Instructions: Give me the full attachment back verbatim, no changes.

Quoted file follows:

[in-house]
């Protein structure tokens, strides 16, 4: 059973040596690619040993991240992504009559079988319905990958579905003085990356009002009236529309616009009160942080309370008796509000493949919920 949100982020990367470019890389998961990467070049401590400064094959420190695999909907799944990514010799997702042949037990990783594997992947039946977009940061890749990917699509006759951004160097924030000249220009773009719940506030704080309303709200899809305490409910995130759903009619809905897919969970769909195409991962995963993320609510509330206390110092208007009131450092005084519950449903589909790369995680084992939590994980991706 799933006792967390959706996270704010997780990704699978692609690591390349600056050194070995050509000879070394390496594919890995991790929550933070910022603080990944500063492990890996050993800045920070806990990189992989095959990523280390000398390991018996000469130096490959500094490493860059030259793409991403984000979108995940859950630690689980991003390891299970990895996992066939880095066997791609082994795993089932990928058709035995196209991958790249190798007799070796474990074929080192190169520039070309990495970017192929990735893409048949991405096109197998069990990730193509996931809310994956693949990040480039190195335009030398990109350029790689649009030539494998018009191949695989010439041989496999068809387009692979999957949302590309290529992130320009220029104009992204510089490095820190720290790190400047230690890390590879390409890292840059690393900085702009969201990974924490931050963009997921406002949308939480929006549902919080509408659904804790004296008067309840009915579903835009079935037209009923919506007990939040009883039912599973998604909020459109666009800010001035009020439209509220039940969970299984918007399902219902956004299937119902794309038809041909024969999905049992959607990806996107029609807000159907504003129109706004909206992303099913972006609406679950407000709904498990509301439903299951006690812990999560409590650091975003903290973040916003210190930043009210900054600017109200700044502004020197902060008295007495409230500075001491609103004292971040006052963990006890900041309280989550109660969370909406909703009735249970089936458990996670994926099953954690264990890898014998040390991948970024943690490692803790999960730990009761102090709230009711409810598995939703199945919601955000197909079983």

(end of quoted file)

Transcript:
[in-house]
């Protein structure tokens, strides 16, 4: 059973040596690619040993991240992504009559079988319905990958579905003085990356009002009236529309616009009160942080309370008796509000493949919920 949100982020990367470019890389998961990467070049401590400064094959420190695999909907799944990514010799997702042949037990990783594997992947039946977009940061890749990917699509006759951004160097924030000249220009773009719940506030704080309303709200899809305490409910995130759903009619809905897919969970769909195409991962995963993320609510509330206390110092208007009131450092005084519950449903589909790369995680084992939590994980991706 799933006792967390959706996270704010997780990704699978692609690591390349600056050194070995050509000879070394390496594919890995991790929550933070910022603080990944500063492990890996050993800045920070806990990189992989095959990523280390000398390991018996000469130096490959500094490493860059030259793409991403984000979108995940859950630690689980991003390891299970990895996992066939880095066997791609082994795993089932990928058709035995196209991958790249190798007799070796474990074929080192190169520039070309990495970017192929990735893409048949991405096109197998069990990730193509996931809310994956693949990040480039190195335009030398990109350029790689649009030539494998018009191949695989010439041989496999068809387009692979999957949302590309290529992130320009220029104009992204510089490095820190720290790190400047230690890390590879390409890292840059690393900085702009969201990974924490931050963009997921406002949308939480929006549902919080509408659904804790004296008067309840009915579903835009079935037209009923919506007990939040009883039912599973998604909020459109666009800010001035009020439209509220039940969970299984918007399902219902956004299937119902794309038809041909024969999905049992959607990806996107029609807000159907504003129109706004909206992303099913972006609406679950407000709904498990509301439903299951006690812990999560409590650091975003903290973040916003210190930043009210900054600017109200700044502004020197902060008295007495409230500075001491609103004292971040006052963990006890900041309280989550109660969370909406909703009735249970089936458990996670994926099953954690264990890898014998040390991948970024943690490692803790999960730990009761102090709230009711409810598995939703199945919601955000197909079983």